The notes of a G aug chord are G, B, D#.
- The G in the augmented chord wants to resolve to either G or C in the Cmin chord.
- The B in the augmented chord wants to resolve to C in the Cmin chord
- The D# in the augmented chord wants to resolve to either C or D in the C min chord.
So it’s this great vehicle to use over dominants, because each individual note wants to resolve and as an overall chord structure… dominants also want to resolve.
Can you hear in the video when I play G7 and then add the augmented arpeggio notes on top how strongly it wants to pull back to Cmin?
Essentially when you use more advanced jazz theory concepts like this it helps you tap into an important musical concept called tension and release.
Listeners love it when you skillfully use tension and excitement in your playing.
So, start experimenting with this augmented sound.
Where Else Can You Use The Augmented Chord?
There are lots of other chords that you can use this augmented sound on. You can use it on an #11 chords, minor major 7th chords, and lots of other amazing sounding advanced jazz harmonies.
There’s even an augmented scale as well. It’s one of those modern jazz scales that every musician needs to know.
So, I highly recommend that you start exploring that and all the most important jazz scales and chords.
Now, if you want more of a step-by-step system to start exploring things like augmented scales and other more modern chords, we actually have a course that teaches you step-by-step how to get this stuff quickly in your playing.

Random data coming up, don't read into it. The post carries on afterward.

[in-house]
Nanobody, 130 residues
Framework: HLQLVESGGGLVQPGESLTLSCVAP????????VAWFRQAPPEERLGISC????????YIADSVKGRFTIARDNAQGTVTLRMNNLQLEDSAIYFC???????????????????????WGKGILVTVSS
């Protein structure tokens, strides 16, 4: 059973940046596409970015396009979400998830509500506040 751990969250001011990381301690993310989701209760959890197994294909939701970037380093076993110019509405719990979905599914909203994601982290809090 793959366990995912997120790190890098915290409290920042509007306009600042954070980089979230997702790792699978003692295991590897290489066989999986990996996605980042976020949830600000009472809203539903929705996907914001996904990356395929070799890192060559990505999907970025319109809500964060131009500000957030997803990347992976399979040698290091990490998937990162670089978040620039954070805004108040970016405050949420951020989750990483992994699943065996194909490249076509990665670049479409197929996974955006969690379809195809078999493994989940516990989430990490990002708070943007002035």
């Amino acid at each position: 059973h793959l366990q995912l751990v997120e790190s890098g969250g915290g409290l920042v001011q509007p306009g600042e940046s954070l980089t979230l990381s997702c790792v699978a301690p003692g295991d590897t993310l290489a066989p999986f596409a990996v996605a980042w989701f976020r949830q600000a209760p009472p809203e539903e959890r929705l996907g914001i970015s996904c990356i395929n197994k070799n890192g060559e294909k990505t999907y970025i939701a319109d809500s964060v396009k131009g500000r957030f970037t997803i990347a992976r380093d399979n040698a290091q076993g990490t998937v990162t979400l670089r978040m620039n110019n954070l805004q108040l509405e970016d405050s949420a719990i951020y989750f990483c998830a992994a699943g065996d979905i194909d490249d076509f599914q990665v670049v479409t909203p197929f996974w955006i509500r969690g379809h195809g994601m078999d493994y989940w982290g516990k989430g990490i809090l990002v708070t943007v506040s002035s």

It’s called The Jazz Improvisation Super System, and it’s taught by legendary jazz piano player David Garfield.
David has played with some of the biggest names in jazz, people like George Benson, David Sanborn, Freddie Hubbard.
He’s a top LA studio musician, played on thousands of albums, so it’s really neat that you get an opportunity to learn step-by-step from a master like him, his whole jazz improvisation method.
Fleetwood Mac & The Jazz Improvisation Super System
Students of the Jazz Improvisation Super System are in great company.
In fact, Fleetwood Mac’s keyboard player Brett Tuggle used the exact tools covered in this program to find keyboard success.
“David Garfield is with out a doubt one of best keyboard players on the planet. If your serious about learning and want to take your playing to the next level, I highly recommend taking lessons from him. David definitely helped me to be a a better player.
To hear David Garfield play keyboards is to be inspired. To study or take lessons from him is to be smart. I learned so much from my lessons wth David.”
-Brett Tuggle (keyboard player for Fleetwood Mac)
So I highly recommend you pick up this 1 of a kind course. It is a direct path to take your playing to the next level.
In the meantime, get into this beautiful chord sound and watch your playing go to the next level.
If you have any questions about the augmented chord or The Jazz Improvisation Super System 3 DVD set please leave a comment below. I read every comment and I’m happy to help.